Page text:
By JOHN DUERDEN
FILE – In this Dec. 28, 2008 file photo, Vietnam’s Le Cong Vinh celebrates winning the final match of the ASEAN Football Federation Suzuki Cup against Thailand at My Dinh Stadium in Hanoi, Vietnam. Le, who has been one of the biggest stars in Vietnam and Southeast Asia for a number of years, joined a J-League team, Consadole Sapporo. The J-League insists it is committed to developing football in Southeast Asia for the long-term and at a number of levels. (AP Photo/Chitose Suzuki, File)
SEOUL, South Korea (AP) — The English Premier League has long drawn the most attention among soccer fans in Southeast Asia. Its newest rival for regional audiences comes not from the top leagues in Spain or Italy, but from Japan.
The J-League, established in 1993 and generally regarded as Asia’s best domestic competition, does not have the history or the prestige of the big European leagues. But while English clubs like Manchester United and Liverpool might play an exhibition match in Bangkok or Kuala Lumpur every couple of years, the J-League insists it is committed to developing soccer in Southeast Asia for the long term and at a number of levels.
Over the past two years, the J-League has signed separate partnership agreements with leagues in Thailand, Vietnam, Cambodia, Singapore and Myanmar, which involve the exchange of expertise on and off the field.
Japanese clubs have established relationships with teams in the region. Thailand, Vietnam and Myanmar started broadcasting J-League games in 2012 and more countries are expected to follow.
“We fully understand how popular the English Premier League is in Southeast Asia,” Daisuke Nakanishi, the J-League director of competitions and sales management, told The Associated Press. “That’s why we think that there is no way of winning if we apply the same approach in the market, and we believe that we should do something different.”
Nakanishi says Japan’s league has two advantages over the European leagues.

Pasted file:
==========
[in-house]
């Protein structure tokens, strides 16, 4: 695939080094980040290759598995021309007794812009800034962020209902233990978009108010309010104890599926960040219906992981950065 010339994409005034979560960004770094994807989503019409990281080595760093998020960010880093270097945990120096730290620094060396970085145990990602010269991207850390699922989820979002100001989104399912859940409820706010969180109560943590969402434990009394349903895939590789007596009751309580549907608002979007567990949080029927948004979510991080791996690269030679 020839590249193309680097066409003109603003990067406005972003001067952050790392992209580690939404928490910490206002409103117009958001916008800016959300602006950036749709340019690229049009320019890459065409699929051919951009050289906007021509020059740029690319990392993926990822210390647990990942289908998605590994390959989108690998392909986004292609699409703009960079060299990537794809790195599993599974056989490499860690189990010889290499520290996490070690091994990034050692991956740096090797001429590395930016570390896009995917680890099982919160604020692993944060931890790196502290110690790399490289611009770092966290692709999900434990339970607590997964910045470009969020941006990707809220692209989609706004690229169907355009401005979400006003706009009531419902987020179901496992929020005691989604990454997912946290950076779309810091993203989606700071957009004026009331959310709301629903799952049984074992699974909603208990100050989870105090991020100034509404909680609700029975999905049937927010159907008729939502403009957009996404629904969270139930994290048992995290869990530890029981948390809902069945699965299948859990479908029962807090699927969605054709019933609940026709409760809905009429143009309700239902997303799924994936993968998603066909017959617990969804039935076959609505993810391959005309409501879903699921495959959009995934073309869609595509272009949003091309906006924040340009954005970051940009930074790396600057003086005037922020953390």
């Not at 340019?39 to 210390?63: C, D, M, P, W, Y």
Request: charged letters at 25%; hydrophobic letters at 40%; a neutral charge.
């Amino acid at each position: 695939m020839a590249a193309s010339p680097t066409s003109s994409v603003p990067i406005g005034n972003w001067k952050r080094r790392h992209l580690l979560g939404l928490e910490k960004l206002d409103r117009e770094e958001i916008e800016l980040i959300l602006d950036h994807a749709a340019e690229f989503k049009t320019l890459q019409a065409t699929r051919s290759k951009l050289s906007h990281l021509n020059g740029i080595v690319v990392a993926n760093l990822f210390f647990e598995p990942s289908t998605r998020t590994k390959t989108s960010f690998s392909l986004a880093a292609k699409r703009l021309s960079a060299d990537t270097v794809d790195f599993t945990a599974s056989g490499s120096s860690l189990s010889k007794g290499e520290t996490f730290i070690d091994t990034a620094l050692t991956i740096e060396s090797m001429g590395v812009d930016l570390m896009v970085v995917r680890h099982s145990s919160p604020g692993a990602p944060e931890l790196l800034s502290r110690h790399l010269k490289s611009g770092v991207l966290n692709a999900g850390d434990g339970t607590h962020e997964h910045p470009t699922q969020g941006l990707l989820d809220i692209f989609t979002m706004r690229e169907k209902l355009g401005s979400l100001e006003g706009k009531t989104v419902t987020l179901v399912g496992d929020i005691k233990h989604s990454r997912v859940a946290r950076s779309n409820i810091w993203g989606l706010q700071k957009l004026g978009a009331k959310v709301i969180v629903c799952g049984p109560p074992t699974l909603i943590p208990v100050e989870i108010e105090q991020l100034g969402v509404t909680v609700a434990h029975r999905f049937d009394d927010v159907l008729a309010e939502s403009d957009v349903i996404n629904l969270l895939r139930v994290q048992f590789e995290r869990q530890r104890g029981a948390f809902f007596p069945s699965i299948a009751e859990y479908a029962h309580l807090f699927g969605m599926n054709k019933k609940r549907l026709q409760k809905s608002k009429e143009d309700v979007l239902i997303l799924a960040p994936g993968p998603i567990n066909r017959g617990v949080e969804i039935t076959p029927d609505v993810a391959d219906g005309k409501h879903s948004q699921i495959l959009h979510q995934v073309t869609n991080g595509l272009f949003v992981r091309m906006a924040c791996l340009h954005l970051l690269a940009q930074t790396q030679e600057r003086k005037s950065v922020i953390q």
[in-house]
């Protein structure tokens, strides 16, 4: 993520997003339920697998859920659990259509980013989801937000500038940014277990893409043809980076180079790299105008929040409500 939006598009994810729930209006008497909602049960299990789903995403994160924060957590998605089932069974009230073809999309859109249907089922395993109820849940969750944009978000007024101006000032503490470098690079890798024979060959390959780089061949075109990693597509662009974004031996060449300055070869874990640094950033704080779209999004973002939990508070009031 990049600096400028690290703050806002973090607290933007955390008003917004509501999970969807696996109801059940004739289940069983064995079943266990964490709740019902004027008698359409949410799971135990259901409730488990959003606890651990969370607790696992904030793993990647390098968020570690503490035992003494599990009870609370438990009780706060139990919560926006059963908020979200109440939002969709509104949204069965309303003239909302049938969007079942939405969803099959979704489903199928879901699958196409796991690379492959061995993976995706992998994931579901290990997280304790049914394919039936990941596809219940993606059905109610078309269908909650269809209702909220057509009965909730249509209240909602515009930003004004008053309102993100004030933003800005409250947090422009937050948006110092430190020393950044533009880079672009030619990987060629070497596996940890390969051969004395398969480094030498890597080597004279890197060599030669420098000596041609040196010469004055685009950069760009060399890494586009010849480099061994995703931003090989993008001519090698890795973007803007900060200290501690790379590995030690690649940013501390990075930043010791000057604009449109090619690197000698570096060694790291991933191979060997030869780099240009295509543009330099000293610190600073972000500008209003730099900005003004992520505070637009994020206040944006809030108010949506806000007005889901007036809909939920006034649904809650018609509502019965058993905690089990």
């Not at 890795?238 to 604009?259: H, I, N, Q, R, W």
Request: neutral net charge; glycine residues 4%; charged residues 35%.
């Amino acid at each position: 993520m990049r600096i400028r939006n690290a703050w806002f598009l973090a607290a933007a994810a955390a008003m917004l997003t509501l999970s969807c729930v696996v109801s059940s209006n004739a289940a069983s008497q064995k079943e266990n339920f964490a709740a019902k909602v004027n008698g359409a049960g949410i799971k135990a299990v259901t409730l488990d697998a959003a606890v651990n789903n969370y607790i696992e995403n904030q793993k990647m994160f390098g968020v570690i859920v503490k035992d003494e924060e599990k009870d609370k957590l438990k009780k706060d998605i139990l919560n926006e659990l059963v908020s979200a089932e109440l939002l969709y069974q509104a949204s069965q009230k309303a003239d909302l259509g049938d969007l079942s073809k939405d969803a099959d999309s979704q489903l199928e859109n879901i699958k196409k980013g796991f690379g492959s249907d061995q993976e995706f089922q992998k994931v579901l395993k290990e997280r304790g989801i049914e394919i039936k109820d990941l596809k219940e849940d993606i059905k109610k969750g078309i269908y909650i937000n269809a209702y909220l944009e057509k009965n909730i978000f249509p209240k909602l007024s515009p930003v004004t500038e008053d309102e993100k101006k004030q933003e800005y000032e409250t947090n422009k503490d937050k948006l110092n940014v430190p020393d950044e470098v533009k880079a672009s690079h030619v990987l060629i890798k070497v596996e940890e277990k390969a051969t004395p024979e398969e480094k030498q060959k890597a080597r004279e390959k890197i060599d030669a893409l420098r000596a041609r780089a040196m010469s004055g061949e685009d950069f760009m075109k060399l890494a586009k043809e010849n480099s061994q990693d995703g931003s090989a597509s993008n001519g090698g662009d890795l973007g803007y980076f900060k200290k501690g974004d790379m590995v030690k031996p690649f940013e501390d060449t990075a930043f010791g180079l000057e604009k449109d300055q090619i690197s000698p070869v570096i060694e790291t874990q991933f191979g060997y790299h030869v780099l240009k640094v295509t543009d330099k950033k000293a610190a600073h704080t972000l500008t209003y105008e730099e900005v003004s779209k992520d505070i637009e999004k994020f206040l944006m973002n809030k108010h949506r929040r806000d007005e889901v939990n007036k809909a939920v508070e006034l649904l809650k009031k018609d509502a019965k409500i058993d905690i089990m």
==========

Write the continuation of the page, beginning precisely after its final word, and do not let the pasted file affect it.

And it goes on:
“We are in Asia, so we are close to the region geographically and mentally, and Japan is the only country which used to be very weak, but has grown rapidly in very short period,” he said. “So we can be a role model. We are more than happy to share our knowhow with Southeast Asia in order to develop together.”
The size and global reach of the top English clubs mean that any partnerships they form in Southeast Asia are unequal. In the past, local clubs have sometimes been reduced to little more than merchandise peddlers for the big teams.
On the pitch it can be a similar story. In 2007, three of Thailand’s top players famously joined Manchester City, then owned by the country’s former Prime Minister Thaksin Shinawatra, yet none made it close to a Premier League appearance and soon departed. The J-League is good, but not to the extent that it is a closed door for Southeast Asian talent.
“In the near future, we hope that there will be many star Southeast Asian players playing in the J-League, which makes the J-League more visible and popular in the region,” Nakanishi said. “This is a unique approach which the English Premier League does not have.”
Worawi Makudi, president of the Thailand Football Association, agrees that Japan has much to offer as a role model for developing soccer nations in Asia.
“At the moment in the region, the English Premier League is popular and is tough to beat, but maybe the Japanese league in terms of broadcasting rights can grow,” Worawi said. “If Japanese clubs have Thai players then people in Thailand would like to watch them.”
There are plans to make it easier for the best Thai stars to head east. Much could depend on the success of Le Cong Vinh, who has been one of the biggest stars in Vietnam and the region for a number of years.
The striker had a short but unsuccessful spell with Portuguese club Leixoes in 2009 and last month joined Consadole Sapporo, which was relegated last season to Japan’s second tier. Ngo Le Bang, general secretary of the Vietnamese Football Federation has high hopes for Vinh.
“Le Cong Vinh is one of our best players,” Bang said. “Firstly his appearance in Japan, even in the second division, could promote the image of Vietnamese football, and then after him there could be other opportunities.”
Bang says the experience the country’s players could receive in Japan will benefit the Vietnamese national team and professional league.
“The reputation of the J-League is improving partly due to the increasing number of players from Japan heading to the top leagues of Europe. Their football players have made huge progress in domestic and international competitions. … Japan shows how a team can compete equally against physically stronger teams.”
The Vietnamese striker does not see himself as a figurehead for the new relationship between Southeast Asia and Japan. He just wants to play.
“I think the J-League is the best league in Asia and I believe that I can learn a lot of things here,” he said. “That’s why I decided to come here. … I am ready to show my strengths to the fans.”
It won’t be just fans in Vietnam who will be watching with interest to see if Le is able to do so.